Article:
Last week, current Brighton and Hove City Council Leader Nancy Platts wrote a piece on opposition to the forced academisation of Moulsecoomb Primary School. Carried in both Brighton & Hove News and Brighton & Hove Independent, she mixes a laudable concern that the voice of the local community be heard with a nasty populist attack on the civil servants involved in the process. This is a dangerous path to venture down, especially in our current toxically populist political environment in which the Institute for Government has found ‘an unprecedented rise in the number of political attacks on civil servants’.
As background, earlier this year, Ofsted found Moulsecoomb Primary to be ‘inadequate’ – its lowest rating. Academy orders are automatically issued to local authority-maintained schools rated ‘inadequate’ by Ofsted, forcing them to become academies. Meaning, inevitably, Moulsecoomb Primary was issued just such an order.
Platts is therefore flat out wrong when she claims that it is ‘unelected civil servants taking the decision to force Moulsecoomb Primary to become an academy school’.
Academisation can be stopped, academy orders can be revoked – it is worth campaigning – but this is in the gift of ministers, not the officials subject to Platts’ attack.
As an example, earlier this year the academy order on William Torbitt Primary School in Newbury Park had its academy order revoked. Having been found inadequate in December 2018, there was a vigorous campaign against academisation and a subsequent re-inspection found improvement, rating the school ‘good’. But note – the decision to revoke is made by Damian Hinds, Secretary of State for Education, not ‘unelected civil servants’.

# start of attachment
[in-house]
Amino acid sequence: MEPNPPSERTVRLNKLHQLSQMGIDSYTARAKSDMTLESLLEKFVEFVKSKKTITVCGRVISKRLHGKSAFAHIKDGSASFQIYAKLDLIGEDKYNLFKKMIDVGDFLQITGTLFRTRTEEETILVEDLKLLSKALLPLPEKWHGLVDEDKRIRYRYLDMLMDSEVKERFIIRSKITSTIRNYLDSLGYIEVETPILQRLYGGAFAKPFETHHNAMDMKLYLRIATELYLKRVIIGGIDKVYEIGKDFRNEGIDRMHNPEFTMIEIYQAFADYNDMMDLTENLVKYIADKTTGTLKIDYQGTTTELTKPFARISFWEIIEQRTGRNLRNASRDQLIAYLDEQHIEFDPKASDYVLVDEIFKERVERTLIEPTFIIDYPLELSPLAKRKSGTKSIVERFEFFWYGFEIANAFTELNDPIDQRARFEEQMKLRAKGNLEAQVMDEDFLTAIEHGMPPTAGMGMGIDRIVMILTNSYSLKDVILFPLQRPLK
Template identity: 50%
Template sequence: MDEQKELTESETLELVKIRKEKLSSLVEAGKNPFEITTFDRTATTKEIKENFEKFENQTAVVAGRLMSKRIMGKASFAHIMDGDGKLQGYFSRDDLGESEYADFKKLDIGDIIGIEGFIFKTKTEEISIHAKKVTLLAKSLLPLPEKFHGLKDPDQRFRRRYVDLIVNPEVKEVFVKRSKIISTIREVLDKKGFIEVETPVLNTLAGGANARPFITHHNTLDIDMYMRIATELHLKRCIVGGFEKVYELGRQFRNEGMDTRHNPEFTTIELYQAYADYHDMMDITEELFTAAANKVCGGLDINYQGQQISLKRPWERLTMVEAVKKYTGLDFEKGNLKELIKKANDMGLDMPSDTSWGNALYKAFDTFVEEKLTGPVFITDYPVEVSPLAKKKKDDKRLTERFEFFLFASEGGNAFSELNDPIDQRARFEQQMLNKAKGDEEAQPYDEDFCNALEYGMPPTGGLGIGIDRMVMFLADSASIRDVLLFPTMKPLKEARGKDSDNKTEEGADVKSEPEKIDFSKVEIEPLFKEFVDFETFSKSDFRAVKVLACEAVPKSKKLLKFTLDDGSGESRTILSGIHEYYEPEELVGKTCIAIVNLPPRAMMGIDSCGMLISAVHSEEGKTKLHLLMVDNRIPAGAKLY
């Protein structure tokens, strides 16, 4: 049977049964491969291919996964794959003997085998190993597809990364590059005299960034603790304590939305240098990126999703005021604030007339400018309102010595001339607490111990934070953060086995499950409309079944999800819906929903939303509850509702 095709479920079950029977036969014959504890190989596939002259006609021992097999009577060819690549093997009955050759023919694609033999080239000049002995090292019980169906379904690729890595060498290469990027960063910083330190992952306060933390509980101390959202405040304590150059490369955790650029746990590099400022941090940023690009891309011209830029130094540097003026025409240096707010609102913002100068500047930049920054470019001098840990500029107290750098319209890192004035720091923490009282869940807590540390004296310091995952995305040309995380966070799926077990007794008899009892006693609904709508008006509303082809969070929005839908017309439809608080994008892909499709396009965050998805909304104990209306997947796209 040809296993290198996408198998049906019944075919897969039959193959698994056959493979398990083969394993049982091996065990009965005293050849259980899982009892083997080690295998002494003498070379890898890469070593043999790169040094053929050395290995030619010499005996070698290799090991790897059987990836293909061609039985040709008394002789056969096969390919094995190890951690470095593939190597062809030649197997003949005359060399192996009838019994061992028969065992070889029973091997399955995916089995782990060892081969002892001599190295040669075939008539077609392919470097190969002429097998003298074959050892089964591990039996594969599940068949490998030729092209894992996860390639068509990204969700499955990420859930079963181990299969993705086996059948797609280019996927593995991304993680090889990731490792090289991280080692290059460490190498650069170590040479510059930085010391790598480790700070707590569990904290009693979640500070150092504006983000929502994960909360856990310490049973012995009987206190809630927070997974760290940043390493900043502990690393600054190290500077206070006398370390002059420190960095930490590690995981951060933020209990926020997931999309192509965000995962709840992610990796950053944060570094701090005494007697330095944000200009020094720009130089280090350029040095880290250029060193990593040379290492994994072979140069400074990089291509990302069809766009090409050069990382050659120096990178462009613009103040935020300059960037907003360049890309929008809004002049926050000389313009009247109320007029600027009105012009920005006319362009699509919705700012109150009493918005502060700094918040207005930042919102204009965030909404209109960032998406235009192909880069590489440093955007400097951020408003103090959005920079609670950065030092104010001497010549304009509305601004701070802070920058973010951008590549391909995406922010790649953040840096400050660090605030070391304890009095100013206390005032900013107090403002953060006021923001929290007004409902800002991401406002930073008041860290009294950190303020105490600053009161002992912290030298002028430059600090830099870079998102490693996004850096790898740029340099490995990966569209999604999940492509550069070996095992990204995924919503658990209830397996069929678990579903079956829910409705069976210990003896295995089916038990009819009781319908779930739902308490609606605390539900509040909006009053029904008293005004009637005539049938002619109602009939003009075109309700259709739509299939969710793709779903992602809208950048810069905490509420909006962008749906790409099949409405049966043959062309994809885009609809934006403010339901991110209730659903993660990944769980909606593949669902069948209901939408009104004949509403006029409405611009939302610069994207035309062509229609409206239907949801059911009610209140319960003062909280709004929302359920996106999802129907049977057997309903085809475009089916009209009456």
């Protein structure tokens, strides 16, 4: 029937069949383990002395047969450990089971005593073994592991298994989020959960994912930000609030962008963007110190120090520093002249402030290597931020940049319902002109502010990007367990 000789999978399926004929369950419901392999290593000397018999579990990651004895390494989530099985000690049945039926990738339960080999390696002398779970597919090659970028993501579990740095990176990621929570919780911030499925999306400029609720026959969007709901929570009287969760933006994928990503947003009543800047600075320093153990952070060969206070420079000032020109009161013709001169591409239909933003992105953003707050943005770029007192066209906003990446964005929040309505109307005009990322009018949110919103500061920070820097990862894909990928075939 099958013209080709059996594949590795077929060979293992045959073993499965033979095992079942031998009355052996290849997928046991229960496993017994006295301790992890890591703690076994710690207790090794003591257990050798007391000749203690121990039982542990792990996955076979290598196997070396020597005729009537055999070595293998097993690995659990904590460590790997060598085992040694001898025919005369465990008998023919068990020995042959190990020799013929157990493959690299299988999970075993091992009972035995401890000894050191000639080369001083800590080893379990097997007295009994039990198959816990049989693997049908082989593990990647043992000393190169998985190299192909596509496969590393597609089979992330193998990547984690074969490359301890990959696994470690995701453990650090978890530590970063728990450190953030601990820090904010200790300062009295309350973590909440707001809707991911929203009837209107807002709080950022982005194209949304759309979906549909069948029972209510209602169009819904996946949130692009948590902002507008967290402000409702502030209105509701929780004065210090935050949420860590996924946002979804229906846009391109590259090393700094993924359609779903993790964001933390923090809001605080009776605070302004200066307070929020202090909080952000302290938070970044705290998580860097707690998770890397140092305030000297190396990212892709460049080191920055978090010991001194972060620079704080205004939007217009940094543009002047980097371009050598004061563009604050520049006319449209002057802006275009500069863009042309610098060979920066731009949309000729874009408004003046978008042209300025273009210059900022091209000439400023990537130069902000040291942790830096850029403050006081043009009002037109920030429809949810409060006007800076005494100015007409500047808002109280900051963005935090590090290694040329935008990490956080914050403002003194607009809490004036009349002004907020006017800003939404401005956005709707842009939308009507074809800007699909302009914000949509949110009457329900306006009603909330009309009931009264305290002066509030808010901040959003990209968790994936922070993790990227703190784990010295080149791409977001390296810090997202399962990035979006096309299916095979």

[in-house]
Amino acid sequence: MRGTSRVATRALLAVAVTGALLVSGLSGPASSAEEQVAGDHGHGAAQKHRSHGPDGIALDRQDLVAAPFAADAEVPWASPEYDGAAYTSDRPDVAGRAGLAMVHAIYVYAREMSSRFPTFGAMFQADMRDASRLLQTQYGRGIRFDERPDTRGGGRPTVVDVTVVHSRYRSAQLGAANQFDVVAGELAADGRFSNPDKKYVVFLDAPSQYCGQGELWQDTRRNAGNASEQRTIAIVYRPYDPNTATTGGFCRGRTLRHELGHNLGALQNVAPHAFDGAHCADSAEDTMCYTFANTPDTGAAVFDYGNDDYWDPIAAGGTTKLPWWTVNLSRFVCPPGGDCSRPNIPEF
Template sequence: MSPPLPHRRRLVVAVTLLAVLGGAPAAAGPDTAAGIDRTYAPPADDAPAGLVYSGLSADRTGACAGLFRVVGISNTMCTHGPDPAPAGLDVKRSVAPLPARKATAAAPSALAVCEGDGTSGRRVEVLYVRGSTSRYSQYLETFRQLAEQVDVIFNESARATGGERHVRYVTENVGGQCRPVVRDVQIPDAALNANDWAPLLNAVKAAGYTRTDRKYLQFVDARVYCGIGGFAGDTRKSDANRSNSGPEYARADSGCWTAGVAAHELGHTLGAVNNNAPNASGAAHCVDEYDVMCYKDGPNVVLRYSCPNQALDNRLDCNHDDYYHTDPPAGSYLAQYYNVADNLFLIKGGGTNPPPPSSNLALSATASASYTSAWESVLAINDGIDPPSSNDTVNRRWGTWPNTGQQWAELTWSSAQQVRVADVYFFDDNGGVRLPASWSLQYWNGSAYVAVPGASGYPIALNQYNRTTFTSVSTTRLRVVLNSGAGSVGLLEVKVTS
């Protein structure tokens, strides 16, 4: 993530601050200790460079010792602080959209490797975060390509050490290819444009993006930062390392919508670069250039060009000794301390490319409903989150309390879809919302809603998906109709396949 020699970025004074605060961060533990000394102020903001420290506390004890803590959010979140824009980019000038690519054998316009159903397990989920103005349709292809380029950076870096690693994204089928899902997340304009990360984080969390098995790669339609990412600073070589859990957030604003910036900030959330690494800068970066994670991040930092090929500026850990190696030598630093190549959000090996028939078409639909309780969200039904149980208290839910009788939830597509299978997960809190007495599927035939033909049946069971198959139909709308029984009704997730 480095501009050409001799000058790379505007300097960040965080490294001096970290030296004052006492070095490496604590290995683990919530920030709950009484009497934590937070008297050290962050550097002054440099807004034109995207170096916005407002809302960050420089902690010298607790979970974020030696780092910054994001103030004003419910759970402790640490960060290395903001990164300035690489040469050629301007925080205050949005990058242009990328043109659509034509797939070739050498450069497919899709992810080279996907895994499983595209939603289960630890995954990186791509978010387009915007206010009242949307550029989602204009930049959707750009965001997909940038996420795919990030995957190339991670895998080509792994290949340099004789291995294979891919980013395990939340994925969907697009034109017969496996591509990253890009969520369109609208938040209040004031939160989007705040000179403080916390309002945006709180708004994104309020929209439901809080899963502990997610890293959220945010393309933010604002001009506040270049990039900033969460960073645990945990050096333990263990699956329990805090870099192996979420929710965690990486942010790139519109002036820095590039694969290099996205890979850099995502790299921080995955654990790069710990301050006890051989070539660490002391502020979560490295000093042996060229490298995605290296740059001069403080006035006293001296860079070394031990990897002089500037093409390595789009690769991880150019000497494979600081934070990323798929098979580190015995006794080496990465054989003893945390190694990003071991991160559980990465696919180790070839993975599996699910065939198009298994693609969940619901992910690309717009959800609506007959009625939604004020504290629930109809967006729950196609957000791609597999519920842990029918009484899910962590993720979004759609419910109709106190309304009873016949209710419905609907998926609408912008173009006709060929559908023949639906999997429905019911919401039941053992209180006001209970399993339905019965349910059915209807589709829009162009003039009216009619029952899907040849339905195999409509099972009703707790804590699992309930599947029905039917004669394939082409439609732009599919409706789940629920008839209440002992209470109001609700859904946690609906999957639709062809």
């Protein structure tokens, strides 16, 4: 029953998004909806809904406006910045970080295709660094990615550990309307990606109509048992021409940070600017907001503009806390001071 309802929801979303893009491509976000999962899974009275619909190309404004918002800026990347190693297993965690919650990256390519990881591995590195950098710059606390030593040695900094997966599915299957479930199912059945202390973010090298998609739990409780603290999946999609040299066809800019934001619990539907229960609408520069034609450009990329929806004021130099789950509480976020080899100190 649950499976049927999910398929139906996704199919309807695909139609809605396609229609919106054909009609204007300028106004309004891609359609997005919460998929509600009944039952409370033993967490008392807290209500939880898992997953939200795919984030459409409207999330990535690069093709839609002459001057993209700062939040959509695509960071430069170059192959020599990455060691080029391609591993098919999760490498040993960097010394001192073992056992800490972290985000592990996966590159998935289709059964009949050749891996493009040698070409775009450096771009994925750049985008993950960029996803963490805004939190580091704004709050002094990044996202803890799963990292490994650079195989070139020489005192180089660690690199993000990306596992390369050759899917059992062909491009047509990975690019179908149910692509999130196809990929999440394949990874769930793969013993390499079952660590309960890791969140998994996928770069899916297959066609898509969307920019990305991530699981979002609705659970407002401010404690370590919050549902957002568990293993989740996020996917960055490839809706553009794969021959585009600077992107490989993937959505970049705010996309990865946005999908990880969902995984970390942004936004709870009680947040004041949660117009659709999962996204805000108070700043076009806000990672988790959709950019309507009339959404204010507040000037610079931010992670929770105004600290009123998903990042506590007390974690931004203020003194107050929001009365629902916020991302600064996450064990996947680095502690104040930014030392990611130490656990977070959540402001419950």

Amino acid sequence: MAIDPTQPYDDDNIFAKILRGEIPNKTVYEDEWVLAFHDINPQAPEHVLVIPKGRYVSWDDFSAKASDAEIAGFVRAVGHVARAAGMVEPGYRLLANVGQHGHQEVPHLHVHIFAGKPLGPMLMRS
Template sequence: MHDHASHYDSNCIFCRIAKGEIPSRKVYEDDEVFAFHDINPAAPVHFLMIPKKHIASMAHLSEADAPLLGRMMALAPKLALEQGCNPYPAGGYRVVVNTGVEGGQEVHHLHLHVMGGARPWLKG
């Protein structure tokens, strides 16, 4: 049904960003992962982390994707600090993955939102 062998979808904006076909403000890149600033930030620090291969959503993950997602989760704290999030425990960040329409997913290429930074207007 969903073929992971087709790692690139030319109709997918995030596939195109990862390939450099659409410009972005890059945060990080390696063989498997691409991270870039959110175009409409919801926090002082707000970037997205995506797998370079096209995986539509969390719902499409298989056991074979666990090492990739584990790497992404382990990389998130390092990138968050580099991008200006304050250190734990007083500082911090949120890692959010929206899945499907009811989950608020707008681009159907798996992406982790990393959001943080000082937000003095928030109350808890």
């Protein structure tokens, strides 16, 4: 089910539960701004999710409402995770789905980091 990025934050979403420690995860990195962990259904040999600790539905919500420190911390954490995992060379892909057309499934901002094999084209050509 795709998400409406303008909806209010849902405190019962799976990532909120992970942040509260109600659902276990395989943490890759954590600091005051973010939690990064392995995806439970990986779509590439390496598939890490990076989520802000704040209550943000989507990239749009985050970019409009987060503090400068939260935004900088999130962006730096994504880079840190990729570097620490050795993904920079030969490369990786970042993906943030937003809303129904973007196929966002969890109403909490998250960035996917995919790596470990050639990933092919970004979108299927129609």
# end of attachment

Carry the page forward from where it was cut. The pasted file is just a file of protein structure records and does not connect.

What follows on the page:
The Moulsecoomb Primary anti-academisation campaign is therefore doing the right things – building pressure, asking for time to improve and be re-inspected, and writing to the Secretary of State to revoke the order.
It is hard to see what value is added by Platts’ intervention whipping up popular feeling against officials doing their job. This is a dangerous game, played by populists around the world, casting civil servants as acting against the people and democracy.
As an isolated case this might just be written off as an inexperienced council leader getting carried away, with resulting intemperate use of language. However, last week one of Platts’ strongest Momentum supporters also floated a line blaming council officers for the forthcoming bin strikes. The worry must be that the council’s Labour leadership team is experimenting with setting the ‘will of the people’ (as represented, it seems, by a minority Labour council!) against council officers and civil servants every time they come against a complex problem that requires more of them than sloganeering.
Nancy Platts helps no-one by over-stepping the line from
vigorous campaigning to populist attacks on officials. Let us hope she rapidly
grows in to her new role and its responsibilities.